Rocky times in Rocky Harbour

Michael
Michael Johansen
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Rocky Harbour fisherman Ernest Decker cleans his nets with the help of his wife (who declined to give her name). — Photo by Michael Johansen

Times are good for a lot of people who live and do business in the towns that have the fortune of being in the middle of one of the jewels of Newfoundland and Labrador.

Gros Morne National Park is one of the biggest draws this province has.

Naturally, those businesses involved in tourism are doing the best, and hotels, especially, seem to do better and better every year.

In Rocky Harbour, for instance, the town’s biggest hotel (one that overlooks the harbour) can cheerfully close down for the winter months, since it spends the summer months full to overflowing. Tourists come from anywhere imaginable to spend time in the fiords and on the mountains of the west coast World Heritage Site that is Gros Morne.

Tourism in this province is still largely a seasonal business, but around the beautiful park, one season is enough to turn a profit for the whole year. Tourism operators all have smiles on their faces these days.

But it’s a different story down on the docks within sight of the hotel.

There, inshore fisherman Ernest Decker empties his nets of his latest catch: countless clumps of slimy red weed. After venturing out to sea last week in his small open boat to set his nets, high winds tore in off the Gulf of St. Lawrence to stir up the bottom, filling and blocking the mesh with the mossy plant. Not one cod was there for him to sell.

For Decker, all the weed did was make a bad year a little worse. In fact, low prices and low catches for every species of fish and shellfish had already made 2010 the worst fishing year Decker has ever seen — and he’s seen almost 40 of them in the 52 years of his life. He says he expects next year to be even worse, and he figures if nothing changes in the industry, the year after that could see the Gulf cod fishery collapse altogether.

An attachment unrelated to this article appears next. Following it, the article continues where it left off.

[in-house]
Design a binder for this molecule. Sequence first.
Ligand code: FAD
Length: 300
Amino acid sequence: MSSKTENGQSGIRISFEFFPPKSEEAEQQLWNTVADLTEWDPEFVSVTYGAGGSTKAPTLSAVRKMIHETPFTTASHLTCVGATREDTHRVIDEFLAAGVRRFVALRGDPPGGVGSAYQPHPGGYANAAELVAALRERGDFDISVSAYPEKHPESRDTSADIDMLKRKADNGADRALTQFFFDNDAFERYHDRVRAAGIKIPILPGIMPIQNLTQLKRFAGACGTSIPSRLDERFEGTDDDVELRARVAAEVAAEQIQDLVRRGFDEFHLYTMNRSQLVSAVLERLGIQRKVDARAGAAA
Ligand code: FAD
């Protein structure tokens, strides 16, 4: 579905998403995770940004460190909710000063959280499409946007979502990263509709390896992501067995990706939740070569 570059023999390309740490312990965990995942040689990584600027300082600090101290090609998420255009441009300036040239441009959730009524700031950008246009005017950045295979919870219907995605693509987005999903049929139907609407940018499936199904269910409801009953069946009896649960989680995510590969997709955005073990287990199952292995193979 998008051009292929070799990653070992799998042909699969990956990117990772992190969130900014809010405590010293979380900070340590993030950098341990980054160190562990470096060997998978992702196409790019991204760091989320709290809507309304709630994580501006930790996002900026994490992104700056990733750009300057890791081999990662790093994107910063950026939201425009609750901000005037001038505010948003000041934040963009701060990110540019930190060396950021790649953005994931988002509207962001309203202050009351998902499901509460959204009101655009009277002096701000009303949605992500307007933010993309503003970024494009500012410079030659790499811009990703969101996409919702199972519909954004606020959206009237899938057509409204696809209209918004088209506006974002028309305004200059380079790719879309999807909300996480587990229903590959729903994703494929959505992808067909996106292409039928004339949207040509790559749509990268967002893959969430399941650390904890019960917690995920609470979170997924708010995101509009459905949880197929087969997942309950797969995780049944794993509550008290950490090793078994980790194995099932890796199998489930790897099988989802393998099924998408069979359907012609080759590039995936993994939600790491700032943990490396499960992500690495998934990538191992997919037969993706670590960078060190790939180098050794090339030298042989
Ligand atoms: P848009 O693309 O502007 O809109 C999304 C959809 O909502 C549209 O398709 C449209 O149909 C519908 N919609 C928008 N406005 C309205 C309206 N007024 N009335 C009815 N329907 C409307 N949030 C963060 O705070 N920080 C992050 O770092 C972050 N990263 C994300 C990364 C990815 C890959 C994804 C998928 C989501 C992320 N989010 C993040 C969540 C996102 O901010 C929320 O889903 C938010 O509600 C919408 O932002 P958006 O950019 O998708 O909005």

The change that could prevent that collapse, Decker says, is the restructuring of the inshore fishery he hopes may be implemented by an upcoming memorandum of understanding between the provincial and federal governments — but only if that restructuring results in Ottawa buying out the licences of half of the province’s remaining inshore fishers.

Too many people are still going after too few fish — not letting the stocks rebuild, he says, and not letting any single person catch enough to make a living. The hope is that if half the boats are taken off the water, the fish will have a chance to breed. As well, younger fishers (of whom there are few if any at all these days) will have opportunities to enter the industry when the fish increase in numbers.

Too many people are still going after too few fish — not letting the stocks rebuild, he says, and not letting any single person catch enough to make a living. The hope is that if half the boats are taken off the water, the fish will have a chance to breed.

As well, younger fishers (of whom there are few if any at all these days) will have opportunities to enter the industry when the fish increase in numbers.

Decker says he’d be happy to sell his licence to the federal government, since now it’s the only way he’ll be able to retire his business with some kind of recompense for all the years he’s put into it. It’s unlikely anyone else would want to buy him out, since he is no longer earning any profit.

However, Decker is pessimistic because, he says, the federal government is showing no sign of wanting to come up with any money for a buy-out. He doesn’t have much faith in the provincial government, either, and predicts Premier Danny Williams will soon replace his current fisheries minister in a cabinet shuffle to delay a resolution of the issue and to cover up his government’s inaction — and also, possibly, its indifference.

With luck, however, Decker will be wrong and the two levels of government will act together to restructure the inshore fishery and make sure fishermen like him can retire with something to show for their life’s work.

Otherwise, places like Rocky Harbour may still get thousands of tourists landing in their town every summer, but they won’t see any more fish landing at the local docks.

Michael Johansen is a writer living in Labrador.

Geographic location: Rocky Harbour, Ottawa, Labrador

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